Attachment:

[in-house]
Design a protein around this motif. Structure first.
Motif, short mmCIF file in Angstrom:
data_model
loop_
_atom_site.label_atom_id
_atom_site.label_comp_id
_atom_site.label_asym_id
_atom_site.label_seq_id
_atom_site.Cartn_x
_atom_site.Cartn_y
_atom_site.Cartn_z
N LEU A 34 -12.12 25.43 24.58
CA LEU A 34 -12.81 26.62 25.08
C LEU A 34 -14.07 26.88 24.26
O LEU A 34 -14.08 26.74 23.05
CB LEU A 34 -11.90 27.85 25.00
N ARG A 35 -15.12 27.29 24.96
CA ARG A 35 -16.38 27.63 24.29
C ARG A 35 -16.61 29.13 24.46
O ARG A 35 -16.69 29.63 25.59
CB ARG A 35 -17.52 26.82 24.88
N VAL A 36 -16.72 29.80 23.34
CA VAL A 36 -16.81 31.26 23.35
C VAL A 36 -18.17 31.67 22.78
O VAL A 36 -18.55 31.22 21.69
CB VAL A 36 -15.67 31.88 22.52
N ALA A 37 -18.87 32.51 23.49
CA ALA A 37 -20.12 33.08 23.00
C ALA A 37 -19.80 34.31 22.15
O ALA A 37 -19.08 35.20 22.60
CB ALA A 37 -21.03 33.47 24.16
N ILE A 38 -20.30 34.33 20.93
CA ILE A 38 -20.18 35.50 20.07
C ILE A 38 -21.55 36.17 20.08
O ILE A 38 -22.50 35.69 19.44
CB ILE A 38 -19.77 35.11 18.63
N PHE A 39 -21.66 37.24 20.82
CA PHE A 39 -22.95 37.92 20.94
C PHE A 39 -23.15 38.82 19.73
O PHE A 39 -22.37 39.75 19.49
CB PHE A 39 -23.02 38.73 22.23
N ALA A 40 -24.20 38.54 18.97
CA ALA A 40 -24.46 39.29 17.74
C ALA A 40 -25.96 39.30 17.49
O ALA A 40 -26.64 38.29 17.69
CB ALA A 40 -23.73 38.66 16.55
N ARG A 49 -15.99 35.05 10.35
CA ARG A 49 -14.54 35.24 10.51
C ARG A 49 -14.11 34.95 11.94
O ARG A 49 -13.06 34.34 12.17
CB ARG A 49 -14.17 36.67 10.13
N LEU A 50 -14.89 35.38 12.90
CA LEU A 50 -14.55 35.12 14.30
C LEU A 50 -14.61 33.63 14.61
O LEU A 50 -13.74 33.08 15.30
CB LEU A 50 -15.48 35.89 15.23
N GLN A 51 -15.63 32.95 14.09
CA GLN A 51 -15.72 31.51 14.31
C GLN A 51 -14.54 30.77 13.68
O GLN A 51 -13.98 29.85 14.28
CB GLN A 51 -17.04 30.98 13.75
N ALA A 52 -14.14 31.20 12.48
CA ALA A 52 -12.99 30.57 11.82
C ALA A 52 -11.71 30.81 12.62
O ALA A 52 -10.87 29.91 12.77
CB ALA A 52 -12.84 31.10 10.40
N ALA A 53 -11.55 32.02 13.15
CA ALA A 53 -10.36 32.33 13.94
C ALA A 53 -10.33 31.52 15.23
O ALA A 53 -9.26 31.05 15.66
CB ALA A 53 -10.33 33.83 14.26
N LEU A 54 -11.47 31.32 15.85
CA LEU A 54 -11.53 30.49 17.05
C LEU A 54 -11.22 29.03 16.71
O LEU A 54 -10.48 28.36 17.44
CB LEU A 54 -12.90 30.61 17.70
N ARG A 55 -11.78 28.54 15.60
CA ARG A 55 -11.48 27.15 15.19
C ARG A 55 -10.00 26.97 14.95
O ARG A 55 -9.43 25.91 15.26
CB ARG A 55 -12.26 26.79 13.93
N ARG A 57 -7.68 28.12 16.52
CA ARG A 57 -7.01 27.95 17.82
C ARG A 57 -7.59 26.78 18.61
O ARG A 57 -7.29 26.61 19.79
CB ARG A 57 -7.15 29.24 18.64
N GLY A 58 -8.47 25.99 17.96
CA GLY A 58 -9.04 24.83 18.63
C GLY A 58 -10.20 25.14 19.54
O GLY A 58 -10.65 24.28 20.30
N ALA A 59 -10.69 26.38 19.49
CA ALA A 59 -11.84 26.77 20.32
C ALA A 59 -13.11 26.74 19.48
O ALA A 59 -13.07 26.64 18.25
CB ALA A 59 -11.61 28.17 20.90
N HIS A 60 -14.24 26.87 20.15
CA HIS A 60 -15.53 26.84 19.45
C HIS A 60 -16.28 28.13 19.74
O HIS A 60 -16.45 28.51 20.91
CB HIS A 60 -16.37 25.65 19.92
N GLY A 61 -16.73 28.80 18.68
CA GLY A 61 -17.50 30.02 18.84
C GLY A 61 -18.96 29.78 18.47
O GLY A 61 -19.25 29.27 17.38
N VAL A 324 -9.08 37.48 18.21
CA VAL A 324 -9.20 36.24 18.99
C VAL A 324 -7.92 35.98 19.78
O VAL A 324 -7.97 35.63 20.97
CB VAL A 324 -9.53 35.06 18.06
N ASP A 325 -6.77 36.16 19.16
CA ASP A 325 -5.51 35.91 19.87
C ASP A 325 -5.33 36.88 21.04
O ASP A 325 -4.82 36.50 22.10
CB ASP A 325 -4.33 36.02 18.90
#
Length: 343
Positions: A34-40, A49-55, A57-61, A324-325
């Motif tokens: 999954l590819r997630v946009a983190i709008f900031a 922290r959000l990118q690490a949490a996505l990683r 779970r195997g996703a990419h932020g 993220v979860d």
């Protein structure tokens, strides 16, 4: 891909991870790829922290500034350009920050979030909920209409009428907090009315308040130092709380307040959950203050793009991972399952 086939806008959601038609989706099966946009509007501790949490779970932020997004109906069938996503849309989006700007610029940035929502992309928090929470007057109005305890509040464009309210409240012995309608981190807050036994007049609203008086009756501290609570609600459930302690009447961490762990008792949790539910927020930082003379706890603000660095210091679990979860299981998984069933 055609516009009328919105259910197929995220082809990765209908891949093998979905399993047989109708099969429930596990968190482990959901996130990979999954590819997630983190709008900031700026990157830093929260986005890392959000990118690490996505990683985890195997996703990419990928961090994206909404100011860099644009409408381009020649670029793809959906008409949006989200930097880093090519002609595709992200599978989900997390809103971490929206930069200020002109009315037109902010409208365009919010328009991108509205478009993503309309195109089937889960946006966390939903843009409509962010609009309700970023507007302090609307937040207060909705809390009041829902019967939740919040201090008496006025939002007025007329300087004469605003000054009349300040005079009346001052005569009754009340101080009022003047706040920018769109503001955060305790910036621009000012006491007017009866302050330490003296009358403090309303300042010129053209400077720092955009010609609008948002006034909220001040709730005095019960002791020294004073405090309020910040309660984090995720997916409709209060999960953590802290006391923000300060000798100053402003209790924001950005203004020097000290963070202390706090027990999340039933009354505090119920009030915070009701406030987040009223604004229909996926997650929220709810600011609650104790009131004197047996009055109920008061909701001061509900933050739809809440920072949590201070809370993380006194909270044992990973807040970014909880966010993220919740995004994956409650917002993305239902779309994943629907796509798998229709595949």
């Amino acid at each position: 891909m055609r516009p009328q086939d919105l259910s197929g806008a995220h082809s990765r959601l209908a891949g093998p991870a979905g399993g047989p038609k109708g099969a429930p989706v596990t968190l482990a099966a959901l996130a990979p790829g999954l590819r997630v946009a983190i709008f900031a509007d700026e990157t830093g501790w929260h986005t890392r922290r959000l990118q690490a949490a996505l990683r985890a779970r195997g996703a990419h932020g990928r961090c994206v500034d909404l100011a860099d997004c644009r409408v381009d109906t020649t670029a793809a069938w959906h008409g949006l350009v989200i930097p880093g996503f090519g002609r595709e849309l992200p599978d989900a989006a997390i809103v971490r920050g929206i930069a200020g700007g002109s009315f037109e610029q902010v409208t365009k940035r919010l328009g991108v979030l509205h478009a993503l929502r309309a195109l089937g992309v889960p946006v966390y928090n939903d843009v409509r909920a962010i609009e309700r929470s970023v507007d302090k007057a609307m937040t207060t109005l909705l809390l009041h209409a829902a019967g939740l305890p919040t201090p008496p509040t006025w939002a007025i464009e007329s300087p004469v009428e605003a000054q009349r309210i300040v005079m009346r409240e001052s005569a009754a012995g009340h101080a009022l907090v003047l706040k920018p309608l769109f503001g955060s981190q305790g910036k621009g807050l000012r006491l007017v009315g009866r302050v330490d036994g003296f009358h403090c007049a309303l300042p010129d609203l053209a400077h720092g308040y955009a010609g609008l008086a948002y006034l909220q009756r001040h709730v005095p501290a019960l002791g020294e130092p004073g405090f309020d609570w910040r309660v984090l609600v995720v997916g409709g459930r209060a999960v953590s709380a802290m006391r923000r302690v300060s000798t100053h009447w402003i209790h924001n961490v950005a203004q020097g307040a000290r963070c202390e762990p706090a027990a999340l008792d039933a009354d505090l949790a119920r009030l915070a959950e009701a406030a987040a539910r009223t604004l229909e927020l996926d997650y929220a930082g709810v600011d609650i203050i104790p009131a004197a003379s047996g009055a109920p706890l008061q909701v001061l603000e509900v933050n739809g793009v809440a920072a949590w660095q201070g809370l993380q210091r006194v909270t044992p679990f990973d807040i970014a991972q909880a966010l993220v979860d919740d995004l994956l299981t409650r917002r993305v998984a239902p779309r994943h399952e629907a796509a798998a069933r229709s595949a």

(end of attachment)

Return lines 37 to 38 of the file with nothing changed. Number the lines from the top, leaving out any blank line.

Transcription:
CB ILE A 38 -19.77 35.11 18.63
N PHE A 39 -21.66 37.24 20.82